It’s hard to think of a time when the movie theater wasn’t thought of as a destination during the summer months.
Sure, there were movies. But the term “summer blockbuster” didn’t exist.
That all changed in June 1975 when a shark ravaged a small tourist town in New England. And we’re still feeling the effects of it.
Steven Spielberg’s ‘Jaws’ did more than break box office records. The film, which remains the 7th highest grossing movie in North America, cast a murderous shark as its villain, giving it an unforgettable heart-pounding musical score and even the ability to seek revenge.
‘Sharknado’ it wasn’t. This was no laughing matter.
‘Jaws’ instilled fear for the great white shark. More than 40 years later, some of us are still scared. Others are just fascinated.
Panic spurs population drop
Our fear of sharks, at least in the United States, dates back 100 years. You might be surprised to know sharks weren’t even in the public consciousness for most Americans until 1916. That was the year, as more and more people began to spend their summers at the beach, a series of shark attacks occurred off the Jersey Shore. The widespread panic was so bad that even President Woodrow Wilson held a special cabinet meeting on how to erase the shark menace. Spoiler: Nothing was done.
Was the fear valid? To put things in perspective, man’s best friend kills more humans each year than sharks do. Think of how many dogs live in your neighborhood. It’s estimated that humans kill roughly 100 million sharks each year, while shark attacks in recent years number only a few dozen. And more people die in drownings each day than have been killed by sharks in 10 years.
Wilson and his cabinet didn’t do anything about the ‘shark menace.’ But the panic of 1916 did serve as the inspiration for ‘Jaws,’ a movie franchise many say spurred on shark overfishing in the 1970s and 80s which caused population numbers to plummet.
Only in recent years, according to some sources, have populations begun to rebound. But it depends on who you ask. Much still is not known about the great white - how they travel, where they reproduce and even how they can be trained. With so much unknown, we can’t help but be fascinated.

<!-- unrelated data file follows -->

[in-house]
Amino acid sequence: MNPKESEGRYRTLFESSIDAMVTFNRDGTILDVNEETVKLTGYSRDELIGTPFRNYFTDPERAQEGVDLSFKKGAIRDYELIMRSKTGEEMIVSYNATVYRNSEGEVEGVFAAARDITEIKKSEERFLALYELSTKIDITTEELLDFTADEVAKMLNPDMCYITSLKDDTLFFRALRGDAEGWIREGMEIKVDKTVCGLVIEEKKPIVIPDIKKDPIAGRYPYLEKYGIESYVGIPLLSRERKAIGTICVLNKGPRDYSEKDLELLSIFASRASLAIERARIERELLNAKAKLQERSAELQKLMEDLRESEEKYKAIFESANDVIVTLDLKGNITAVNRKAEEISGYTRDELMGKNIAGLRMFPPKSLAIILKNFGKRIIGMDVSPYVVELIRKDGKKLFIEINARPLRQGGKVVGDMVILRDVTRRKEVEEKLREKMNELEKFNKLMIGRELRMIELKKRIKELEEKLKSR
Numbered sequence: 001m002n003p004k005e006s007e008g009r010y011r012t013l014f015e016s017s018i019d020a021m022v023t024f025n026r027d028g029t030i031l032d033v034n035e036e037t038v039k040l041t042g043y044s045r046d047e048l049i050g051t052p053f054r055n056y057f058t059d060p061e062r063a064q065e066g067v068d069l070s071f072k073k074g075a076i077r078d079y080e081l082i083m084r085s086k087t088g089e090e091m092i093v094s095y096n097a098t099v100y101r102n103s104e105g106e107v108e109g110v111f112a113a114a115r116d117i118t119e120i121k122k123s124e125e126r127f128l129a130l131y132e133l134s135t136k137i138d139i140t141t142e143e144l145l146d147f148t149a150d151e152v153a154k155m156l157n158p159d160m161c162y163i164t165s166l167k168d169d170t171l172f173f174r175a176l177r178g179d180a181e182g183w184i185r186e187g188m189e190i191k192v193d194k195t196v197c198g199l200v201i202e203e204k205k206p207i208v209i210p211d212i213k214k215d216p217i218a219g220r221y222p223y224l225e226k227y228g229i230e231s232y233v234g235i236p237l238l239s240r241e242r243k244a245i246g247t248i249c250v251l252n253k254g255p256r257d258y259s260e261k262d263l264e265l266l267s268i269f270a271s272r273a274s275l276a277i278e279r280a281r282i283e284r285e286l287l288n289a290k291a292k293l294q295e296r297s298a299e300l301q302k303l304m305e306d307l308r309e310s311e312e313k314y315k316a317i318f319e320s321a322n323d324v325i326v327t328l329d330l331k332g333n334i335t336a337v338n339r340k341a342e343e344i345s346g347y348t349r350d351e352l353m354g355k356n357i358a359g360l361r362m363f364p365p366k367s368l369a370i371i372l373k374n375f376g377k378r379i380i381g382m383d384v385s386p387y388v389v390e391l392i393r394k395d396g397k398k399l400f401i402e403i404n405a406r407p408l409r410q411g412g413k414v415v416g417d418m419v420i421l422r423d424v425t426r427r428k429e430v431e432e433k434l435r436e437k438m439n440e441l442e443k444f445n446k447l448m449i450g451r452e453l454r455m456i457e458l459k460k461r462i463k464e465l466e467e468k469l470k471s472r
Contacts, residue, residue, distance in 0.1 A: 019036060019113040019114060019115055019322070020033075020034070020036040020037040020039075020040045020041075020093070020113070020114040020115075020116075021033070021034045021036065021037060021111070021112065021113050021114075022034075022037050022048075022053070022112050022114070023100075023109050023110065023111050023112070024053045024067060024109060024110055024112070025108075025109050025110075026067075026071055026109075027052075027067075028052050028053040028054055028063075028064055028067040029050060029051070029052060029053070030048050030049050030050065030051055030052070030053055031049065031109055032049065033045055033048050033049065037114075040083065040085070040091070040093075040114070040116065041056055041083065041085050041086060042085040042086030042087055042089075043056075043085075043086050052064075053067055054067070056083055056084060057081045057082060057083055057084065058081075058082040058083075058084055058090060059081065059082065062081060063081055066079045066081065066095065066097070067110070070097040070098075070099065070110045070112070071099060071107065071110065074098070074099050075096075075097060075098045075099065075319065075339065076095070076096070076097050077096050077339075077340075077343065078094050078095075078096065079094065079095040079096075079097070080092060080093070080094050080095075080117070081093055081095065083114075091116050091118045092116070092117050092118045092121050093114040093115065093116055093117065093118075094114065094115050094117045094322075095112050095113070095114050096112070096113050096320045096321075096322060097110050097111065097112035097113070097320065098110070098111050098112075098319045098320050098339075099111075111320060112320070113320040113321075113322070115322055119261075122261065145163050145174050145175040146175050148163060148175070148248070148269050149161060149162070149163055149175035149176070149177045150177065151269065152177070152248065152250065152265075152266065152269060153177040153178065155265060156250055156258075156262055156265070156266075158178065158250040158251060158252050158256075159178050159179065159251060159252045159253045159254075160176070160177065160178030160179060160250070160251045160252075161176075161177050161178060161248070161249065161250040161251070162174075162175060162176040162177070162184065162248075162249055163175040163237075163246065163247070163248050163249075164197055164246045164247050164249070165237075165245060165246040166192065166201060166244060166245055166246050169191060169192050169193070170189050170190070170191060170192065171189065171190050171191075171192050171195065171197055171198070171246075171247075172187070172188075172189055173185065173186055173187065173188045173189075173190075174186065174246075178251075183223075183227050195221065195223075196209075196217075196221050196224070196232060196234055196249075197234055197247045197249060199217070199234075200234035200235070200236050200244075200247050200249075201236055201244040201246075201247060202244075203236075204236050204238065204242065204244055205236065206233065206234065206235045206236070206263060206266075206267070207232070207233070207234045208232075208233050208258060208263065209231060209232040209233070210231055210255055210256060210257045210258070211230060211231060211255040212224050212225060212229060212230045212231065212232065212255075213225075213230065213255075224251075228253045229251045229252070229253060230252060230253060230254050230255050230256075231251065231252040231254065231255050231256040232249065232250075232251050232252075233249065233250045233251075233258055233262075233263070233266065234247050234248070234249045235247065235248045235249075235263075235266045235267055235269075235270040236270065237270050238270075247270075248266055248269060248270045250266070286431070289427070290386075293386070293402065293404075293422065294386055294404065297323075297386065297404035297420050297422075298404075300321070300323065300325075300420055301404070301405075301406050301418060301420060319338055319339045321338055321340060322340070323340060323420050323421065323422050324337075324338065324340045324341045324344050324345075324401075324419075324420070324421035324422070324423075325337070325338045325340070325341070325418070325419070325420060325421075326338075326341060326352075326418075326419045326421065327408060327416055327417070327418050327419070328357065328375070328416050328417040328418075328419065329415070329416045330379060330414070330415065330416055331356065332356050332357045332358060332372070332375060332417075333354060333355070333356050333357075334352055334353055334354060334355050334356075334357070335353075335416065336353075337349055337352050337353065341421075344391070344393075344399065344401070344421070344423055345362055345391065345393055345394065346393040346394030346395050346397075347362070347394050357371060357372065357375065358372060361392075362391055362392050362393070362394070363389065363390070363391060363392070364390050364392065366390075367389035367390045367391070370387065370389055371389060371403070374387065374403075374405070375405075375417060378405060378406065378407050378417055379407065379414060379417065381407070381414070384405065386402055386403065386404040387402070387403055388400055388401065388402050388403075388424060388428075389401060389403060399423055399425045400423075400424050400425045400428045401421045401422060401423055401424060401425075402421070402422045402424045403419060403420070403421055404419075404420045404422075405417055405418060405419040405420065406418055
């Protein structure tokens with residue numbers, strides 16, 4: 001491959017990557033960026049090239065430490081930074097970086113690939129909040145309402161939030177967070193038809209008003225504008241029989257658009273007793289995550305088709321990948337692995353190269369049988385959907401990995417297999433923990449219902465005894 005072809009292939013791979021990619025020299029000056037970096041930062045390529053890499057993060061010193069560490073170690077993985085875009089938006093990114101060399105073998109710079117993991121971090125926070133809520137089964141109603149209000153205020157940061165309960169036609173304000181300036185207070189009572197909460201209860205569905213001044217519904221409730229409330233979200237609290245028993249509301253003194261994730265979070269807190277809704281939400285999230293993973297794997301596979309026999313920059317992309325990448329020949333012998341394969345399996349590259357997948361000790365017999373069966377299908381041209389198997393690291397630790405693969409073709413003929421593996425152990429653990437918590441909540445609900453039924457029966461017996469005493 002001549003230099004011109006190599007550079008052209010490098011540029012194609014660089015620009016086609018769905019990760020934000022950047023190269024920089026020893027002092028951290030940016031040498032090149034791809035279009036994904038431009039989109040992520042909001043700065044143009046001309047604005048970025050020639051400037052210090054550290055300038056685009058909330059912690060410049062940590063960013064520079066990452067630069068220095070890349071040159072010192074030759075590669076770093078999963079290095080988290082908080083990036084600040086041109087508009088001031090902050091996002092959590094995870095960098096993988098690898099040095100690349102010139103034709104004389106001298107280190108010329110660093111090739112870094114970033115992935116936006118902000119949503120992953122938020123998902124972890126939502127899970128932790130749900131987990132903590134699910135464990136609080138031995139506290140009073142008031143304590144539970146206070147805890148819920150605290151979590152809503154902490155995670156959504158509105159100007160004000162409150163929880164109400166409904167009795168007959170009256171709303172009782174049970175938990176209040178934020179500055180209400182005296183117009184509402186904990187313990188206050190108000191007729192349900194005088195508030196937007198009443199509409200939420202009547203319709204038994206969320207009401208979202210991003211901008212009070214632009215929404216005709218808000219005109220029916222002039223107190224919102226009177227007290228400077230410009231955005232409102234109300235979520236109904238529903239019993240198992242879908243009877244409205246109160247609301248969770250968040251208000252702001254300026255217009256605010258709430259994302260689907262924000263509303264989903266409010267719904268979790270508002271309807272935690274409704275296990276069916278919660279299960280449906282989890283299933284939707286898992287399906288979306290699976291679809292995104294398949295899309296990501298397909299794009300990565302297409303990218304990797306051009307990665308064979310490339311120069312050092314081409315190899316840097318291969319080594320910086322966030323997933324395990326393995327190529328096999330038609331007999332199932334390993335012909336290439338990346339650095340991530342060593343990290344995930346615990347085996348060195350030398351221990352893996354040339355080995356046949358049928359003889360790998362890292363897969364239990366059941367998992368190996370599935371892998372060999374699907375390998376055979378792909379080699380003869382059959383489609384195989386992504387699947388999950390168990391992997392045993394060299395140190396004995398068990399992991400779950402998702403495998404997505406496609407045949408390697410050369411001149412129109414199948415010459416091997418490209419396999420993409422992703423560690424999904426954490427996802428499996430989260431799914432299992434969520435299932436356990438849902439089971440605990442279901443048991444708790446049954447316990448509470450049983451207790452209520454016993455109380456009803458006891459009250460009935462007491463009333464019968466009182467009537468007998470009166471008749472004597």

One group looking to answer those questions, and better educate us about sharks, is OCEARCH.
The nonprofit studies and tracks great white and tiger sharks for conservation outreach and education.
They’re also creating social media superstars.
Breaking the myth of ‘Jaws’
Move over Justin Bieber, Katy Perry and even President Trump. Mary Lee, Katharine, and Genie are just a handful of sharks tagged by OCEARCH in recent years who have their own personalities - and tens of thousands of followers - on social media.
The inspiration for the names varies. Some are named after longtime supporters or family members. For others, like our own Hilton, Beaufort and Savannah, it represents the area where the shark was discovered. That, OCEARCH hopes, will give the community a sense of ownership.
It seems to be working. From New England to the Jersey Shore to the Lowcountry, OCEARCH’s efforts are spotlighting, and humanizing, the shark population.
And the sharks’ travels, tracked in real time every time the tag pings above the ocean surface, are helping researchers learn more about their behavior.
Mary Lee is wildly popular — arguably the internet’s favorite shark with more than 119,000 Twitter followers and 71,000 Facebook fans. According to OCEARCH founding chairman and expedition leader Chris Fischer, she’s paving the way for the new public image of sharks.
And, he says, she has the potential to undo everything that ‘Jaws’ did.